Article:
Well, we all saw this coming. We saw this coming back on South Pacific when he accused Mikayla of being an evil temptress, and we saw this coming when he went back and forth and back with his relationship with God and spoke of battles with inner demons. And we saw this coming in episode two of Fans vs. Favorites 2 Legit 2 Quit when, in beautiful night vision, his neck tattoo glistening in the twilight, he threatened to go on a rampage. So no one – no one – should have been surprised when Brandon Hantz finally lost it on Survivor: Caramoan. Which isn’t to say it was predictable, or that it wasn’t riveting, truly unsettling television.
But first, who’s that girl next to Michael and Eddie?!
Oh, right, Julia. That person that exists on the Fans tribe. At this point, she’s our pick to win it all, solely because everyone will keep forgetting that she’s there and no one will ever write her name down. Also, she might be a ghost.
More: Seriously guys, you should really hide rice and beans…
Ladies and Gentlemen, we now project me, Brian Williams, to be the 45th President of the United States.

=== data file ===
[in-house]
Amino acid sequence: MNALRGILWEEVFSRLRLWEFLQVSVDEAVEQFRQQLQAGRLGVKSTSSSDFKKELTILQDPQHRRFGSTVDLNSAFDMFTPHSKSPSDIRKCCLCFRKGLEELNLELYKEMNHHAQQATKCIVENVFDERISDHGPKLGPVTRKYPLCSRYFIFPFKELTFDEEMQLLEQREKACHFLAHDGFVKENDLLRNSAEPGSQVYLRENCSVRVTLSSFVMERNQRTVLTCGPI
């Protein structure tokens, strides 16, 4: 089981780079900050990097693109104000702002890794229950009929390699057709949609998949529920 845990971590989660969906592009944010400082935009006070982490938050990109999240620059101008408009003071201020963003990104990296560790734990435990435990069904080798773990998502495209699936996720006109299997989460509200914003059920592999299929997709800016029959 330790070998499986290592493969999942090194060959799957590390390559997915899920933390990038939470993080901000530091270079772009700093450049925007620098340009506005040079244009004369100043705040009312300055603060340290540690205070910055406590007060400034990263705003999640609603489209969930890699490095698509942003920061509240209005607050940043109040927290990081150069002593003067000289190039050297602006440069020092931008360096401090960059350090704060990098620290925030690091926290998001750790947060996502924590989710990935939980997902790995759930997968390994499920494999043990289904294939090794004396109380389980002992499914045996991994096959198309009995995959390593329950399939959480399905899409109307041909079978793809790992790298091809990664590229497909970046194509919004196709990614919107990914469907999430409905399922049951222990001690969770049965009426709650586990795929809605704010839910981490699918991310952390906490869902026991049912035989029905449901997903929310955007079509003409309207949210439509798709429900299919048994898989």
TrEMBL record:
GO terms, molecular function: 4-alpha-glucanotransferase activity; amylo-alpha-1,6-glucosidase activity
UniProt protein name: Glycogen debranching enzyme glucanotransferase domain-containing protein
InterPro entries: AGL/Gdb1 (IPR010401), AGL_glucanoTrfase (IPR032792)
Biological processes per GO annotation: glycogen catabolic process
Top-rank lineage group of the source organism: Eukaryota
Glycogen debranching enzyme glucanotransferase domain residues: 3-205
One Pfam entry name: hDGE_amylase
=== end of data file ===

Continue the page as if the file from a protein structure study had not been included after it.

Normally, on Jeopardy “Who is Chelsea Handler?” would be the answer to a clue. But on this particular edition of the long-running nerdfest, this interrogative statement was very much a question, something that all the contestants were asking themselves.
Take that, Handler!
And let’s discuss why those responses are so terribly wrong.
1. Margaret Cho: Really? Nowhere in that clue do they ask who plays Kim Jong-il on 30 Rock.
2. Joan Rivers: Yes, she’s on E! and she’s a comedian and best-selling author, so
Donna Veronica was close. So close in fact that the judges later considered Rivers to be an acceptable answer and awarded her the money. However, Joan Rivers is not an acceptable response (and we will not budge on this) because a) Fashion Police does not air late-night, b) it is not a talk show, and, most importantly, c) the right response is Chelsea Handler.
3. Ellen DeGeneres. No. Just wrong. You’ve embarrassed yourself, Dan. For so many reasons.
But who knew that Trebek was such a Handler fan? We guess we know what he was doing during
his heart attack recovery Jeopardy’s summer hiatus.
This is the penultimate entry in our series of posts looking back at the NBC’s Thursday Night comedies. Still to come is a brief review of the ‘Community’ finale (not to be confused with our already published thoughts on the show’s move to Friday nights and the exiling of Dan Harmon), but today we check-in on ’30 Rock.’